The New Brunswick Teachers' Association's plea for a review of the province's inclusive education policy is not necessary, according to two supporters of the policy.

The province's teachers have been calling for a review over concerns of disruptions and violence in the classroom. 

Angela Aucoin, a professor of education at the University of Moncton, said discipline issues in the classroom are nothing new and people shouldn't blame those on the inclusion policy. 

"We want to keep the students in the classroom as much as possible," Aucoin said.

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Angela Aucoin, co-author of a 2012 report on inclusion, said the goal of inclusion is to have every student educated in a regular classroom. (LinkedIn)

"That's where he or she belongs ... we need to work with that student and that's probably what needs to be done in those schools where this is happening."

She said challenges can be overcome with training and resources.

New Brunswick's commitment to inclusive education began in 1986. In 2012, Aucoin and Gordon Porter published a report on inclusion that outlined a plan to improve the system.

'I don't believe that the policy is the problem.' - Krista Carr, New Brunswick Association for Community Living

The Aucoin-Porter report led to the new inclusion policy, which was released in 2013.

The goal of inclusion is to have every student educated in a regular classroom. While that's not always possible for every student all of the time, the policy does allow for other options, including having specialists work with teachers.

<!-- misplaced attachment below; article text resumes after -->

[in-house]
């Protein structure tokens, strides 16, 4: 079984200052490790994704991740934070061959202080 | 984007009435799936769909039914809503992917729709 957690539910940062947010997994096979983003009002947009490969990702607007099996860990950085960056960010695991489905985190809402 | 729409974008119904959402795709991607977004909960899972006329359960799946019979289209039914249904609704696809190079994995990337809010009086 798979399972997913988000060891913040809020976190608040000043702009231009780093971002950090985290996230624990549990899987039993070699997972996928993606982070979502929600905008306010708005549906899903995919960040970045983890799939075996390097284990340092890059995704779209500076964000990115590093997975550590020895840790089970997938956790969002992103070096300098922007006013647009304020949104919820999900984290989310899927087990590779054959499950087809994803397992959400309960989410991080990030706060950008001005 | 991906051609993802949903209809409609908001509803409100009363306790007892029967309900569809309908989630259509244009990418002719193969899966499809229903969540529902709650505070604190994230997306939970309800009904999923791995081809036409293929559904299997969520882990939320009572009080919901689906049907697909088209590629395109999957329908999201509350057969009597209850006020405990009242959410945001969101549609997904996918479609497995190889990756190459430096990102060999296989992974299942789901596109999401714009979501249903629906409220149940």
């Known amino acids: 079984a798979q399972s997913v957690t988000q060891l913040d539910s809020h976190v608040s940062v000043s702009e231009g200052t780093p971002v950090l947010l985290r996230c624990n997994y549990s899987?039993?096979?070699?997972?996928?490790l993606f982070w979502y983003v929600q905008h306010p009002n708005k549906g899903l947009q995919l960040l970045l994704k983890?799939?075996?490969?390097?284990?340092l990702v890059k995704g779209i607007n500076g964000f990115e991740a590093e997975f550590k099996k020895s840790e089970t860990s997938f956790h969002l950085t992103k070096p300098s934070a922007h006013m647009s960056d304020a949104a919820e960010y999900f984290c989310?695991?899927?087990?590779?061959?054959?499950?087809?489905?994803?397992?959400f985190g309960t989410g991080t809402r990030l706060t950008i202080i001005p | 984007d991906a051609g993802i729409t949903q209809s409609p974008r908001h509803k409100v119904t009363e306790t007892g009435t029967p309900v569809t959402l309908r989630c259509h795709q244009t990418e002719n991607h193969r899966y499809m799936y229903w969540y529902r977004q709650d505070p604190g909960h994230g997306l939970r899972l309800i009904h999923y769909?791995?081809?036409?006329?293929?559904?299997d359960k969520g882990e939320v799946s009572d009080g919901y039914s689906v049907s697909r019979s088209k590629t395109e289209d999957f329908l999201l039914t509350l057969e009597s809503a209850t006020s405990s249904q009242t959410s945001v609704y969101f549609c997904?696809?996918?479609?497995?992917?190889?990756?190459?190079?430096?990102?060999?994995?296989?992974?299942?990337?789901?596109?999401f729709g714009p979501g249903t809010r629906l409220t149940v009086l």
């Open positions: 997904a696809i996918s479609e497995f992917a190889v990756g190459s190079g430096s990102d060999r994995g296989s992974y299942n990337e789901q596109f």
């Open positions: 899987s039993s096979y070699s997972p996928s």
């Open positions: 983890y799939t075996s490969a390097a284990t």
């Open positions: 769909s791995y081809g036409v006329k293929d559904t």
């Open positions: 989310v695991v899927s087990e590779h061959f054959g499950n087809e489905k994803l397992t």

"When we talk about inclusion, it's to have all students in a safe environment that they're well, that they feel that they can learn," she said.

"When we work with a student that isn't in that position, then it's OK to work individually with that student. It's not going against inclusive education."

Policy isn't the problem

Aucoin is not alone in denying the need for a review of the three-year-old policy. 

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Krista Carr, executive director of the New Brunswick Association for Community Living, said she does not believe a review is needed. (CBC)

Krista Carr, the executive director of the New Brunswick Association for Community Living, said she is disappointed in the request from the teachers' union for a review.

Concerns about disruptions and violence in the classroom are valid, said Carr, but the teachers should instead be asking for better resources and training.

"I don't believe that the policy is the problem," Carr said.

"I think that implementation of the policy, maybe lack of clarity around parts of the policy, could be an issue ... but asking to review the policy I don`t think gets at the real issue that teachers have."

Support and resources are always issues when something new is introduced, she said.